The reduction of zirconium dioxide by calcium carbide and cyanamide
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Thermodynamic calculations have shown the possibility of the reduction-carbidization of ZrO2 by calcium carbide in the temperature range 900–1200°C. In an atmosphere of nitrogen or with the use of calcium cyanamide the reduction is accompanied by the liberation of an additional amount of free energy with the formation of zirconium carbonitride. The calculations show the possibility of participation in the reduction process not only of calcium but also of some of the carbon contained in the calcium carbide or cyanamide; the free energy which is then liberated is relatively small.
Experimental studies of the carbonitriding of ZrO2 by calcium carbide and cyanamide in a stationary atmosphere of nitrogen showed that an approach to saturated zirconium carbonitride is reached in 4h at 1100°C. with increase in temperature in the limits 900–1100°C the rate of the process increases noticeably and the N/Ccomb ratio in the obtained carbonitride increases, especially if calcium cyanamide is used. This would seem to indicate that nitrogen liberated from calcium cyanamide during the reaction is more active than the molecular nitrogen filling the reaction space during the reduction of ZrO2 by calcium carbide.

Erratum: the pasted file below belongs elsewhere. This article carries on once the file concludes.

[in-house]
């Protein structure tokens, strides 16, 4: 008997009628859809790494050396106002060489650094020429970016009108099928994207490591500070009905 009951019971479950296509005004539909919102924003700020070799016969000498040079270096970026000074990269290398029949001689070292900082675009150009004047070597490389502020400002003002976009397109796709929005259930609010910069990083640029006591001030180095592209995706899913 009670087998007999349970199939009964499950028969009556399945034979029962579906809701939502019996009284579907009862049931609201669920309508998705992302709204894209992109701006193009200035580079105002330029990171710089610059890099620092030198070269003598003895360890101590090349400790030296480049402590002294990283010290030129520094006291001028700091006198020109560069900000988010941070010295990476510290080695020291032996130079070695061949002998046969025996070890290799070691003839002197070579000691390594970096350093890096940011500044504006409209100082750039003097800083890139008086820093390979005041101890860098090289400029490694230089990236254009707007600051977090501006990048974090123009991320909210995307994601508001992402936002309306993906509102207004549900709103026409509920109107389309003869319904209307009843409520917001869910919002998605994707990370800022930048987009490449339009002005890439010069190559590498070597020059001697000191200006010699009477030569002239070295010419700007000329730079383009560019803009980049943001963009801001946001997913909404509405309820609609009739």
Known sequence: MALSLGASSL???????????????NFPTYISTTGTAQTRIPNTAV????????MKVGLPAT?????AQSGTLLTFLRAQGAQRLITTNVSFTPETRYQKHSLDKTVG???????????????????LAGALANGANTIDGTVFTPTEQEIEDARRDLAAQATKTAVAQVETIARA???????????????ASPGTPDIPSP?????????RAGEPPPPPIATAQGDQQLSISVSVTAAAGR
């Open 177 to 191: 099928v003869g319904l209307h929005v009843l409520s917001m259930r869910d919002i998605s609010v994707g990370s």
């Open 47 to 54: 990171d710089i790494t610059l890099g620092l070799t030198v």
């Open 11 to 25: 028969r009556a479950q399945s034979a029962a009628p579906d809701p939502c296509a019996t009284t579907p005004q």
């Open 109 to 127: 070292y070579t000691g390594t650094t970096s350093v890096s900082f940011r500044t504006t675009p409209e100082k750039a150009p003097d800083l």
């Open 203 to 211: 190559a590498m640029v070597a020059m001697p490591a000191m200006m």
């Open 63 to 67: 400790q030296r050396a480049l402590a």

We have shown that during the reduction of ZrO2 by calcium cyanamide the amount of nitrogen in its composition is sufficient for an approach to saturated zirconium carbonitride in an inert gas atmosphere (argon); consequently, the reduction process is possible in an atmosphere of generator gas, decomposed natural gas, or other protective gas.
An experimental check of the possibility of some of the carbon of calcium carbide or cyanamide taking part in the reduction process showed that in a stationary atmosphere of nitrogen and a temperature up to 1100°C the consumption of reducing agent cannot be reduced below 100%. When the resulting carbon monoxide is removed from the sphere of reaction by blowing with nitrogen the resulting product is close to the saturated zirconium carbonitride, with consumption of calcium cyanamide 80% of the theoretical amount.
A reduction in the consumption of calcium carbonide below 100% gives less satisfactory results even when a current of nitrogen is used; this is apparently due to the lower stability of calcium carbide (compared with calcium cyanamide) with respect to water vapor and carbon monoxide.
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